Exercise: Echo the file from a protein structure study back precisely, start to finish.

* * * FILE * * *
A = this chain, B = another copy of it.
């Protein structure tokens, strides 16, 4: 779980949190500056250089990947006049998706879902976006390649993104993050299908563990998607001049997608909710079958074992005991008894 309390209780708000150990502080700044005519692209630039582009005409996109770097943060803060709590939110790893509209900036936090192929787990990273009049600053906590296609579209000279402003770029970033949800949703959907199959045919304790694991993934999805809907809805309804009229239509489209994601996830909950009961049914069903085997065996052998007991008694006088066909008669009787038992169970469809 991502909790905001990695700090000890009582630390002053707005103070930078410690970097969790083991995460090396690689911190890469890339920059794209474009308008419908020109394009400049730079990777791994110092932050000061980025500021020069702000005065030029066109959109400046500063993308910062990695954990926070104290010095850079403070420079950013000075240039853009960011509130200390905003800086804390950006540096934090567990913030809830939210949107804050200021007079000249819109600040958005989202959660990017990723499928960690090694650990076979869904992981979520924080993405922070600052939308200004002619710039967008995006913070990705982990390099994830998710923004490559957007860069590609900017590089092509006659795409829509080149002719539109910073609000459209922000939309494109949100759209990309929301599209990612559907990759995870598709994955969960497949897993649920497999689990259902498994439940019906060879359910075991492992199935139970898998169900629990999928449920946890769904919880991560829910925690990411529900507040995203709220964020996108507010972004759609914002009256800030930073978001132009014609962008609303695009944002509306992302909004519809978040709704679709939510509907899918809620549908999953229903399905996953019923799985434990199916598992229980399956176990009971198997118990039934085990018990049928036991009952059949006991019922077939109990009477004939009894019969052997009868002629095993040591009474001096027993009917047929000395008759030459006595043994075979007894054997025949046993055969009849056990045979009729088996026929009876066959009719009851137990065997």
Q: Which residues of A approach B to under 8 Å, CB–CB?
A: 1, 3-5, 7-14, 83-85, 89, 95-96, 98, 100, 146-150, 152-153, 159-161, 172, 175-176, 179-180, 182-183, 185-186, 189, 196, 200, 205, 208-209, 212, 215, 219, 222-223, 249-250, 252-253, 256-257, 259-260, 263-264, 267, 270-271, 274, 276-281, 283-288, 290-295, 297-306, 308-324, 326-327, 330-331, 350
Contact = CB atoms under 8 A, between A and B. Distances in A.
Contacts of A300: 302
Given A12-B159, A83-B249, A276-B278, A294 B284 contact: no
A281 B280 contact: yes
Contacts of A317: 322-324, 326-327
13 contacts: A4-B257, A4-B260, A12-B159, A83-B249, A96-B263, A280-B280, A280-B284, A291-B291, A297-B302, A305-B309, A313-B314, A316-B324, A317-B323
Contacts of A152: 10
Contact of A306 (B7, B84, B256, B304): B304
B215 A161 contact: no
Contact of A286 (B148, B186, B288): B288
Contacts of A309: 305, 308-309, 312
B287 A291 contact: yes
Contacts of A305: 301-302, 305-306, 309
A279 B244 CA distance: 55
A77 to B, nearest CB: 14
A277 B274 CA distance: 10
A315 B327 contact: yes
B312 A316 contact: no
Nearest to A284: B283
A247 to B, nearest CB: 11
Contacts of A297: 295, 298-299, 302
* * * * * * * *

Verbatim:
A = this chain, B = another copy of it.
């Protein structure tokens, strides 16, 4: 779980949190500056250089990947006049998706879902976006390649993104993050299908563990998607001049997608909710079958074992005991008894 309390209780708000150990502080700044005519692209630039582009005409996109770097943060803060709590939110790893509209900036936090192929787990990273009049600053906590296609579209000279402003770029970033949800949703959907199959045919304790694991993934999805809907809805309804009229239509489209994601996830909950009961049914069903085997065996052998007991008694006088066909008669009787038992169970469809 991502909790905001990695700090000890009582630390002053707005103070930078410690970097969790083991995460090396690689911190890469890339920059794209474009308008419908020109394009400049730079990777791994110092932050000061980025500021020069702000005065030029066109959109400046500063993308910062990695954990926070104290010095850079403070420079950013000075240039853009960011509130200390905003800086804390950006540096934090567990913030809830939210949107804050200021007079000249819109600040958005989202959660990017990723499928960690090694650990076979869904992981979520924080993405922070600052939308200004002619710039967008995006913070990705982990390099994830998710923004490559957007860069590609900017590089092509006659795409829509080149002719539109910073609000459209922000939309494109949100759209990309929301599209990612559907990759995870598709994955969960497949897993649920497999689990259902498994439940019906060879359910075991492992199935139970898998169900629990999928449920946890769904919880991560829910925690990411529900507040995203709220964020996108507010972004759609914002009256800030930073978001132009014609962008609303695009944002509306992302909004519809978040709704679709939510509907899918809620549908999953229903399905996953019923799985434990199916598992229980399956176990009971198997118990039934085990018990049928036991009952059949006991019922077939109990009477004939009894019969052997009868002629095993040591009474001096027993009917047929000395008759030459006595043994075979007894054997025949046993055969009849056990045979009729088996026929009876066959009719009851137990065997």
Q: Which residues of A approach B to under 8 Å, CB–CB?
A: 1, 3-5, 7-14, 83-85, 89, 95-96, 98, 100, 146-150, 152-153, 159-161, 172, 175-176, 179-180, 182-183, 185-186, 189, 196, 200, 205, 208-209, 212, 215, 219, 222-223, 249-250, 252-253, 256-257, 259-260, 263-264, 267, 270-271, 274, 276-281, 283-288, 290-295, 297-306, 308-324, 326-327, 330-331, 350
Contact = CB atoms under 8 A, between A and B. Distances in A.
Contacts of A300: 302
Given A12-B159, A83-B249, A276-B278, A294 B284 contact: no
A281 B280 contact: yes
Contacts of A317: 322-324, 326-327
13 contacts: A4-B257, A4-B260, A12-B159, A83-B249, A96-B263, A280-B280, A280-B284, A291-B291, A297-B302, A305-B309, A313-B314, A316-B324, A317-B323
Contacts of A152: 10
Contact of A306 (B7, B84, B256, B304): B304
B215 A161 contact: no
Contact of A286 (B148, B186, B288): B288
Contacts of A309: 305, 308-309, 312
B287 A291 contact: yes
Contacts of A305: 301-302, 305-306, 309
A279 B244 CA distance: 55
A77 to B, nearest CB: 14
A277 B274 CA distance: 10
A315 B327 contact: yes
B312 A316 contact: no
Nearest to A284: B283
A247 to B, nearest CB: 11
Contacts of A297: 295, 298-299, 302